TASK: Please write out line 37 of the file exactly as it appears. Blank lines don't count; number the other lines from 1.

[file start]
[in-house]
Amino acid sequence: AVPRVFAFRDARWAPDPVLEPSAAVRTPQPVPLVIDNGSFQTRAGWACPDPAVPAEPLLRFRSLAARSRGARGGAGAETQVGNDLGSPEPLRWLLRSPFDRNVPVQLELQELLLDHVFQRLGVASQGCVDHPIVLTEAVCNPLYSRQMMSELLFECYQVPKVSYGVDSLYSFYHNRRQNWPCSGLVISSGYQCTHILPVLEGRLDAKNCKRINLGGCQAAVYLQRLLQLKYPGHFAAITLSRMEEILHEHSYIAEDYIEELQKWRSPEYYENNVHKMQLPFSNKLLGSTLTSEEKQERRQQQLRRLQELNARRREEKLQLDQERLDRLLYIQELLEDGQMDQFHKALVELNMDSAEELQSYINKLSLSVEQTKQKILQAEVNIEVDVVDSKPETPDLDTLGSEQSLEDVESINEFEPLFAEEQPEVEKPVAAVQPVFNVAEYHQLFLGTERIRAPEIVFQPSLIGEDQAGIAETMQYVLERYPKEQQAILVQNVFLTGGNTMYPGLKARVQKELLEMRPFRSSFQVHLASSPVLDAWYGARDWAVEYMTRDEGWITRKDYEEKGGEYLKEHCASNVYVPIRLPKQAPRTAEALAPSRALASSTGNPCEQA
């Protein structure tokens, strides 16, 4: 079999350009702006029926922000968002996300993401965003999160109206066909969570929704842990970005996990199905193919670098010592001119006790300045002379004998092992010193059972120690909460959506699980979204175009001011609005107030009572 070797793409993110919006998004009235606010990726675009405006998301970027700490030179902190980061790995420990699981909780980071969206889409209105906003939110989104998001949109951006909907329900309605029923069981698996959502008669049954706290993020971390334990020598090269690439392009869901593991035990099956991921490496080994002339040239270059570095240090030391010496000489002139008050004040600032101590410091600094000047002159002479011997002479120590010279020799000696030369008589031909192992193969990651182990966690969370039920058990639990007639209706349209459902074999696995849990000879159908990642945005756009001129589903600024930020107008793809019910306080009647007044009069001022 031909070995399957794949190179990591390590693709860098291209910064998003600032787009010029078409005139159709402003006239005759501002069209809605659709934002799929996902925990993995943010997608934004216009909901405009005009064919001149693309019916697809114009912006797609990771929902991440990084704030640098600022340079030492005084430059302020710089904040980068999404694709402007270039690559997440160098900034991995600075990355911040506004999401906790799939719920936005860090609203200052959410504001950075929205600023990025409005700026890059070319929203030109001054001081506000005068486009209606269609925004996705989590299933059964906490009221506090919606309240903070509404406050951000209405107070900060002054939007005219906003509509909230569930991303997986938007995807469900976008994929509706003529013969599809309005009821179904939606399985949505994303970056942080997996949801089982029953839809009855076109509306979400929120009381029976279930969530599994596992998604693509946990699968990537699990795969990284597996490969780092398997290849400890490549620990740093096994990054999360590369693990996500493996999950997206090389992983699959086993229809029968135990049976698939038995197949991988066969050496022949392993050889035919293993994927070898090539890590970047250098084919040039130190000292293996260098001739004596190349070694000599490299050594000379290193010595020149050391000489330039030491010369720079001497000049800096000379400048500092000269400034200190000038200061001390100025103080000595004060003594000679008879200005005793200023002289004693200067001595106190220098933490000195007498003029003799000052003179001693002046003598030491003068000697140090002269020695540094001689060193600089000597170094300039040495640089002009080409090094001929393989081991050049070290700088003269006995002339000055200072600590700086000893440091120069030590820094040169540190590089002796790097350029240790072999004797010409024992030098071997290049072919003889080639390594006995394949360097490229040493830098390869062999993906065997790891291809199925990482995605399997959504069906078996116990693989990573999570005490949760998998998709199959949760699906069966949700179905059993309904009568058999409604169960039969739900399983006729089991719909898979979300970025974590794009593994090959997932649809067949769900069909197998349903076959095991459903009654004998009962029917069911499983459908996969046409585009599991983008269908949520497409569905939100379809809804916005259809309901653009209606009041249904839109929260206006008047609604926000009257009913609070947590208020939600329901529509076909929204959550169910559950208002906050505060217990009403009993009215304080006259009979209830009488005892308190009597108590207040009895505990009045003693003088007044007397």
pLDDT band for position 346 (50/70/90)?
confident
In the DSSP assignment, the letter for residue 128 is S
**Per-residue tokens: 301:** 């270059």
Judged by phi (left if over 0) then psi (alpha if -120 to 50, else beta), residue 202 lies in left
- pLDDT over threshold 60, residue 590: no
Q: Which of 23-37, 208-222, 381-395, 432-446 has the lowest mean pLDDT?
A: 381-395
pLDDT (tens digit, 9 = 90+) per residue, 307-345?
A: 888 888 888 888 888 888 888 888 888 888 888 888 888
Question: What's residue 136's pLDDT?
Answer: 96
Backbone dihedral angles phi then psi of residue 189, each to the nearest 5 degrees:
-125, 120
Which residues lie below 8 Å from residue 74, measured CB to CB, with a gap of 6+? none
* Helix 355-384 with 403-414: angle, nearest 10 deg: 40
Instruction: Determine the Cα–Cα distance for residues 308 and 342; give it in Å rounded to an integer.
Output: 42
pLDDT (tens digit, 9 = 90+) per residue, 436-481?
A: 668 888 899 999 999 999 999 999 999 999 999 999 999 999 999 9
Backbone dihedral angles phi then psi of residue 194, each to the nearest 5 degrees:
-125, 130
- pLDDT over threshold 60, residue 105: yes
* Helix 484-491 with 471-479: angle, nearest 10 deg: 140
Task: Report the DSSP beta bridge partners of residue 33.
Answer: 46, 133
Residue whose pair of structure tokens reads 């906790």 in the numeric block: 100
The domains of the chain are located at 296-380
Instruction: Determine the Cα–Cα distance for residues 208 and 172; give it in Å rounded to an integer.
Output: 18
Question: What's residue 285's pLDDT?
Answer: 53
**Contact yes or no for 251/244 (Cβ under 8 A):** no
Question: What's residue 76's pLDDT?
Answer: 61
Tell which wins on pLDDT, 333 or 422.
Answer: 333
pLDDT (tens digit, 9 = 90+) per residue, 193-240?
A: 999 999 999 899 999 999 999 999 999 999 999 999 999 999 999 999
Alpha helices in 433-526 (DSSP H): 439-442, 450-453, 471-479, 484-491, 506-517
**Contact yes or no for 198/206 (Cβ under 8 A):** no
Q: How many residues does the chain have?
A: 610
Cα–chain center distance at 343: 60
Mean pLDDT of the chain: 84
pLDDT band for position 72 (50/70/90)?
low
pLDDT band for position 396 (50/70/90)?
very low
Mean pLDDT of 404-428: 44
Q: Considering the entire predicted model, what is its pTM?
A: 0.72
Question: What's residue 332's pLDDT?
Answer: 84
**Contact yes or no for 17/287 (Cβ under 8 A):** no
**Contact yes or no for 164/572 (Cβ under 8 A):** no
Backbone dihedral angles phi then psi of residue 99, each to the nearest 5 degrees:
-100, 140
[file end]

Question: What's residue 76's pLDDT?